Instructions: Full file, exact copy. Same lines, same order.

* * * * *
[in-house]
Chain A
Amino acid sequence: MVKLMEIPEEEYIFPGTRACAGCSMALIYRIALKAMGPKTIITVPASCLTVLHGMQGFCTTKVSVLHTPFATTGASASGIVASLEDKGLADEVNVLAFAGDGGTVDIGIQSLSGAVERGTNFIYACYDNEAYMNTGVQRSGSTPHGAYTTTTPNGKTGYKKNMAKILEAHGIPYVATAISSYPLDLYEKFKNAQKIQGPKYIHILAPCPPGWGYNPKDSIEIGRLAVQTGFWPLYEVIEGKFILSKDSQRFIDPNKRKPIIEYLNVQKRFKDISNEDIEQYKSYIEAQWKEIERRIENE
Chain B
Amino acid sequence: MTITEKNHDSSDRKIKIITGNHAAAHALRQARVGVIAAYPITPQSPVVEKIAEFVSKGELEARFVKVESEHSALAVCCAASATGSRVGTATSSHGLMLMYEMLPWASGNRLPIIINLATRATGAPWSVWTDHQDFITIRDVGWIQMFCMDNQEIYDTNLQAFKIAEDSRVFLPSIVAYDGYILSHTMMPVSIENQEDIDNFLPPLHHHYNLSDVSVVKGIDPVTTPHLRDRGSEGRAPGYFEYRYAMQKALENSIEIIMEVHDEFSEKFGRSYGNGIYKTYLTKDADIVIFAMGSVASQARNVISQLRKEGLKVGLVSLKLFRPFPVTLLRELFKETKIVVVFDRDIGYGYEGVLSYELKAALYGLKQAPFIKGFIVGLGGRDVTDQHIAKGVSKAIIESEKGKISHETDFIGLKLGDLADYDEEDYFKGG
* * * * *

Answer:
[in-house]
Chain A
Amino acid sequence: MVKLMEIPEEEYIFPGTRACAGCSMALIYRIALKAMGPKTIITVPASCLTVLHGMQGFCTTKVSVLHTPFATTGASASGIVASLEDKGLADEVNVLAFAGDGGTVDIGIQSLSGAVERGTNFIYACYDNEAYMNTGVQRSGSTPHGAYTTTTPNGKTGYKKNMAKILEAHGIPYVATAISSYPLDLYEKFKNAQKIQGPKYIHILAPCPPGWGYNPKDSIEIGRLAVQTGFWPLYEVIEGKFILSKDSQRFIDPNKRKPIIEYLNVQKRFKDISNEDIEQYKSYIEAQWKEIERRIENE
Chain B
Amino acid sequence: MTITEKNHDSSDRKIKIITGNHAAAHALRQARVGVIAAYPITPQSPVVEKIAEFVSKGELEARFVKVESEHSALAVCCAASATGSRVGTATSSHGLMLMYEMLPWASGNRLPIIINLATRATGAPWSVWTDHQDFITIRDVGWIQMFCMDNQEIYDTNLQAFKIAEDSRVFLPSIVAYDGYILSHTMMPVSIENQEDIDNFLPPLHHHYNLSDVSVVKGIDPVTTPHLRDRGSEGRAPGYFEYRYAMQKALENSIEIIMEVHDEFSEKFGRSYGNGIYKTYLTKDADIVIFAMGSVASQARNVISQLRKEGLKVGLVSLKLFRPFPVTLLRELFKETKIVVVFDRDIGYGYEGVLSYELKAALYGLKQAPFIKGFIVGLGGRDVTDQHIAKGVSKAIIESEKGKISHETDFIGLKLGDLADYDEEDYFKGG